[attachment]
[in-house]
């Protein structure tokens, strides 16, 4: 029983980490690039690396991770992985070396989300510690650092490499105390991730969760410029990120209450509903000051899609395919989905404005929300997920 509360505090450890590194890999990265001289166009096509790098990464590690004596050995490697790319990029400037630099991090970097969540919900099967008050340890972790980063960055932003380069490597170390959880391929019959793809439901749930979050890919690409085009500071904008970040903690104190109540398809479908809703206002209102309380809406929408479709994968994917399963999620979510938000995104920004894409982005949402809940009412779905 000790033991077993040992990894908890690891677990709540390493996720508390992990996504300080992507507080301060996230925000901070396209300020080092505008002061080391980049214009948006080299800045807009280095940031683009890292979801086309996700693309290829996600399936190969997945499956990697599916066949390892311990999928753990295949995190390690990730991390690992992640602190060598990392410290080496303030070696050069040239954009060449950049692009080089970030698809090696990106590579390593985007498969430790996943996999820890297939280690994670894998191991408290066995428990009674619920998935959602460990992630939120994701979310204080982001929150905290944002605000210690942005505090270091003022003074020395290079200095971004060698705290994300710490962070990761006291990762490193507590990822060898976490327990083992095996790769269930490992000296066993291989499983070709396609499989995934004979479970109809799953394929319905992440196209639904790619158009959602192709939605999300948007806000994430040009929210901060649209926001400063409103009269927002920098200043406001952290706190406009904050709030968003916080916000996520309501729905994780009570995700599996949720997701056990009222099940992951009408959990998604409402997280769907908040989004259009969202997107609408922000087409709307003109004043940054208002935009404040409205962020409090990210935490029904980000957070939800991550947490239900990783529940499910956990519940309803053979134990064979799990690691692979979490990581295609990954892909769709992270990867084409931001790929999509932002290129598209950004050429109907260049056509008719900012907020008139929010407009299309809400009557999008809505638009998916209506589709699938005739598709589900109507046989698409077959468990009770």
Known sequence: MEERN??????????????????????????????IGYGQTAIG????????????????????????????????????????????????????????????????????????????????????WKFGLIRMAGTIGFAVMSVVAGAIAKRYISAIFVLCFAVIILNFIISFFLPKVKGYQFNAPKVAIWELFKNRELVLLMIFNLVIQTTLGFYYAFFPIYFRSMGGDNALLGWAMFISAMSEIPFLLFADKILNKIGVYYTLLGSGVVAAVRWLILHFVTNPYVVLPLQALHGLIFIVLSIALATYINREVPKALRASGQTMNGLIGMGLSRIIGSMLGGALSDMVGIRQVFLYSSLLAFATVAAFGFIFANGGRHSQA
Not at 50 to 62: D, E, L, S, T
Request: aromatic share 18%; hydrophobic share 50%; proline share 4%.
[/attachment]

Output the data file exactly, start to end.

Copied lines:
[in-house]
């Protein structure tokens, strides 16, 4: 029983980490690039690396991770992985070396989300510690650092490499105390991730969760410029990120209450509903000051899609395919989905404005929300997920 509360505090450890590194890999990265001289166009096509790098990464590690004596050995490697790319990029400037630099991090970097969540919900099967008050340890972790980063960055932003380069490597170390959880391929019959793809439901749930979050890919690409085009500071904008970040903690104190109540398809479908809703206002209102309380809406929408479709994968994917399963999620979510938000995104920004894409982005949402809940009412779905 000790033991077993040992990894908890690891677990709540390493996720508390992990996504300080992507507080301060996230925000901070396209300020080092505008002061080391980049214009948006080299800045807009280095940031683009890292979801086309996700693309290829996600399936190969997945499956990697599916066949390892311990999928753990295949995190390690990730991390690992992640602190060598990392410290080496303030070696050069040239954009060449950049692009080089970030698809090696990106590579390593985007498969430790996943996999820890297939280690994670894998191991408290066995428990009674619920998935959602460990992630939120994701979310204080982001929150905290944002605000210690942005505090270091003022003074020395290079200095971004060698705290994300710490962070990761006291990762490193507590990822060898976490327990083992095996790769269930490992000296066993291989499983070709396609499989995934004979479970109809799953394929319905992440196209639904790619158009959602192709939605999300948007806000994430040009929210901060649209926001400063409103009269927002920098200043406001952290706190406009904050709030968003916080916000996520309501729905994780009570995700599996949720997701056990009222099940992951009408959990998604409402997280769907908040989004259009969202997107609408922000087409709307003109004043940054208002935009404040409205962020409090990210935490029904980000957070939800991550947490239900990783529940499910956990519940309803053979134990064979799990690691692979979490990581295609990954892909769709992270990867084409931001790929999509932002290129598209950004050429109907260049056509008719900012907020008139929010407009299309809400009557999008809505638009998916209506589709699938005739598709589900109507046989698409077959468990009770």
Known sequence: MEERN??????????????????????????????IGYGQTAIG????????????????????????????????????????????????????????????????????????????????????WKFGLIRMAGTIGFAVMSVVAGAIAKRYISAIFVLCFAVIILNFIISFFLPKVKGYQFNAPKVAIWELFKNRELVLLMIFNLVIQTTLGFYYAFFPIYFRSMGGDNALLGWAMFISAMSEIPFLLFADKILNKIGVYYTLLGSGVVAAVRWLILHFVTNPYVVLPLQALHGLIFIVLSIALATYINREVPKALRASGQTMNGLIGMGLSRIIGSMLGGALSDMVGIRQVFLYSSLLAFATVAAFGFIFANGGRHSQA
Not at 50 to 62: D, E, L, S, T
Request: aromatic share 18%; hydrophobic share 50%; proline share 4%.